HealthLinks: Chronic Care aimed to improve care for patients at high risk of multiple unplanned hospital admissions, many of whom had chronic and complex conditions.
The initiative tested whether a flexible funding model could:
- remove some of the barriers that inhibit effective and integrated models of care for patients
- promote innovative models of care that produce better outcomes for patients at no additional cost to the public health system.
Participating health services had the flexibility to use projected inpatient funding to design care around the needs of patients at high risk of multiple unplanned hospital admissions. This could include services that reached beyond traditional hospital-based settings, delivered by a range of providers.
Health services had the flexibility to develop their own intervention model, with some services taking a continuous service improvement approach and others developing new models of care.
The flexible funding initiative was offered from 2016-17 to 2021-22. Five health services participated in the initiative for varying lengths of time.
Partnerships and project aims
The department entered into a partnership with the Commonwealth Scientific and Industrial Research Organisation (CSIRO) to evaluate the HealthLinks trial, as a prospective study using quantitative and qualitative analysis.
The overall aim of the HealthLinks evaluation was to determine if flexible funding enabled health services to develop and implement alternative models (to inpatient acute care) that provided better experiences and outcomes for patients with chronic conditions, at equal or lower cost.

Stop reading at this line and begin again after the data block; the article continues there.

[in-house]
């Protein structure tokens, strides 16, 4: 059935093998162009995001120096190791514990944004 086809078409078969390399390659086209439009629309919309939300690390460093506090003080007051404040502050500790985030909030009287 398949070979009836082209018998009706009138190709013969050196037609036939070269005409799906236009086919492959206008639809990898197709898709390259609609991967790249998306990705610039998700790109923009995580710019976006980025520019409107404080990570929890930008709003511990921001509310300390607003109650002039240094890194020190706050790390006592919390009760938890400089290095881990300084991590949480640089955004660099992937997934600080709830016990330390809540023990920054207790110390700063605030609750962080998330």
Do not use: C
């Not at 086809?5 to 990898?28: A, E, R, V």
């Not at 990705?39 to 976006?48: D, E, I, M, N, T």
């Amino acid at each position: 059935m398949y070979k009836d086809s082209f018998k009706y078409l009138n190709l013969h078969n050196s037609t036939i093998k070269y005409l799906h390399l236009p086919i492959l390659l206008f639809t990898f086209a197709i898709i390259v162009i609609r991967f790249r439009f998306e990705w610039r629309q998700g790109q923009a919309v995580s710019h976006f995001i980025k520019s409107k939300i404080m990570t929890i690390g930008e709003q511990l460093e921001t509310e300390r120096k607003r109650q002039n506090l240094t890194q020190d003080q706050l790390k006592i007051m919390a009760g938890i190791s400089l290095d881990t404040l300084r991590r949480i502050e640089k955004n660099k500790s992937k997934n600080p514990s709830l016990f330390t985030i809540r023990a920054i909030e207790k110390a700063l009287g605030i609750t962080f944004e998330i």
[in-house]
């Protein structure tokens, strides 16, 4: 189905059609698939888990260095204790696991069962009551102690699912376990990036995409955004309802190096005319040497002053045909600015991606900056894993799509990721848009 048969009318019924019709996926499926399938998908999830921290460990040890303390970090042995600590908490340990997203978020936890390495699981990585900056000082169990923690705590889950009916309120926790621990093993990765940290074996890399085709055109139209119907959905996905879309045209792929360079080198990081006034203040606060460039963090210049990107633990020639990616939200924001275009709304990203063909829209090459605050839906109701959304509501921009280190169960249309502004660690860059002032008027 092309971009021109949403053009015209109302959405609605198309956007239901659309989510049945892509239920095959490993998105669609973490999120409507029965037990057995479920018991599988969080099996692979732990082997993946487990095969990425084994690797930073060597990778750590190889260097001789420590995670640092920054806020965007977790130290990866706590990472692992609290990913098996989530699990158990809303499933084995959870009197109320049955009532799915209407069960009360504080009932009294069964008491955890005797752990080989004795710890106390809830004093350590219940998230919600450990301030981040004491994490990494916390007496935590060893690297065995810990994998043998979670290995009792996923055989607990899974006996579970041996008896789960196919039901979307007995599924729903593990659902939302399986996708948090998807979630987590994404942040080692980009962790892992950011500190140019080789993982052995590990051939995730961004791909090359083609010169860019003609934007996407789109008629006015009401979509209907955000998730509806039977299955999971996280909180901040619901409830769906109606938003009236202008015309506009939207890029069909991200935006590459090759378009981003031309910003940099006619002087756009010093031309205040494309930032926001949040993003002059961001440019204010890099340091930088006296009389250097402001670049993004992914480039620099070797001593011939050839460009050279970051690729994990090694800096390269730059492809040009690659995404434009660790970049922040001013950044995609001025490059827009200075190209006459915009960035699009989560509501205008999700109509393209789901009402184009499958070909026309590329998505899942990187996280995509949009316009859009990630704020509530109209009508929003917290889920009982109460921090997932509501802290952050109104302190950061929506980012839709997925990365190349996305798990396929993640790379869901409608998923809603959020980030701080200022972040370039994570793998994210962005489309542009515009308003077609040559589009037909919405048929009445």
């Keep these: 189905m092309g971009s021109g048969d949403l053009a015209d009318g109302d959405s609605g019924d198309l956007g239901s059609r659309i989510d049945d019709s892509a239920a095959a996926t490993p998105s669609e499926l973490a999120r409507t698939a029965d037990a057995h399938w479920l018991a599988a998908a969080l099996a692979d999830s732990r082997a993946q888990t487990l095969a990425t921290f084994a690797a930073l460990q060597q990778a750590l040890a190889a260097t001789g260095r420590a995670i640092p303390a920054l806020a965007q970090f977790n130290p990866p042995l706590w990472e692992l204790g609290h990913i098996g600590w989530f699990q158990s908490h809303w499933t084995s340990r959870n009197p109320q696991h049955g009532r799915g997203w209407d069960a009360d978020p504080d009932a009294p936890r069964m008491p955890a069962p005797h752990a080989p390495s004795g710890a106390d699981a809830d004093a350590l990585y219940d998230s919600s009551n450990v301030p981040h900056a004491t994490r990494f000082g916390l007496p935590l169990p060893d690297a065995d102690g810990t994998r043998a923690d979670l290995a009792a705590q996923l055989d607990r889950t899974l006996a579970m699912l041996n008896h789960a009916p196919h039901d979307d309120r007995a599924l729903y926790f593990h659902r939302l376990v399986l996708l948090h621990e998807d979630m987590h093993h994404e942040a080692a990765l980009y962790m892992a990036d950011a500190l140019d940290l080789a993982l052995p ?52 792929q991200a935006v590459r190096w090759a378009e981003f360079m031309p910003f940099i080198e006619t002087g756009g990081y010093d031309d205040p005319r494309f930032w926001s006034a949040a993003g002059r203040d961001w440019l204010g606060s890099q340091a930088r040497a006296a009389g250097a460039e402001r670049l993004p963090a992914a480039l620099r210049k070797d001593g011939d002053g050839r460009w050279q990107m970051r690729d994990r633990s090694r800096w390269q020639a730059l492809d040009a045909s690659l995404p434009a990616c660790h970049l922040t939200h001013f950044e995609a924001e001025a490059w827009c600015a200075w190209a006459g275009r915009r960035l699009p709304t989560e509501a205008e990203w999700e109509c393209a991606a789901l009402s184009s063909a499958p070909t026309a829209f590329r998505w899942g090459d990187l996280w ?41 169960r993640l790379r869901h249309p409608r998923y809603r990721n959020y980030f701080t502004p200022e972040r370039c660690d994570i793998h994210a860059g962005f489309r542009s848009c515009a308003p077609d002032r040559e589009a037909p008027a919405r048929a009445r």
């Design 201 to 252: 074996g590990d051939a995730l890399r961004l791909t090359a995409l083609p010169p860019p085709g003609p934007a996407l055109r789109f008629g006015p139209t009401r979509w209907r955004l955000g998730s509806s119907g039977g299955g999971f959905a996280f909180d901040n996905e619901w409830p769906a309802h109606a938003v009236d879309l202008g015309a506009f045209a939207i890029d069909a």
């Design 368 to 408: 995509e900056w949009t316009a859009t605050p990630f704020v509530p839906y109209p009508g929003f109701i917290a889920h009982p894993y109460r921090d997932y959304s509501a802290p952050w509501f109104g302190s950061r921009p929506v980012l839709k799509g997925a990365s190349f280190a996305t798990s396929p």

Secondary aims included determining the impact of the flexible funding model on the delivery of care from a system perspective and, where possible, a patient perspective.
Evaluation findings from the first year of implementation (2016-17) and the final summary evaluation report which draws on the findings and results of the HealthLinks three year trial, are available to download.
Each health service had the opportunity to develop their own intervention model. This approach enabled health services to tailor their approach to best suit the local context and needs of their patient cohort.
Intervention models could take a continuous service improvement approach or could be new models of care. They could also include inpatient care and services that reached beyond the traditional hospital walls.
All models aimed to deliver a more comprehensive and integrated mix of services.
On 15 March 2017, some participating health services showcased their models at a forum.
Presentations from the day are available from the downloads section on this page.
The HealthLinks: Chronic Care Clinical Collaborative provided clinical oversight and leadership for HealthLinks: Chronic Care.
Specifically, the collaborative:
- supported a cooperative approach to sharing HealthLinks Chronic Care tools, processes and learnings
- provided clinical advice on the design of interventions and commissioning models
- identified best practice and protocols
- facilitated changing models of care
- improved links between hospital program areas (emergency, acute, subacute, substitution and diversion services) to improve care pathways for people with chronic and complex conditions.
The group consisted of senior managers from participating health services.
Reviewed 03 August 2022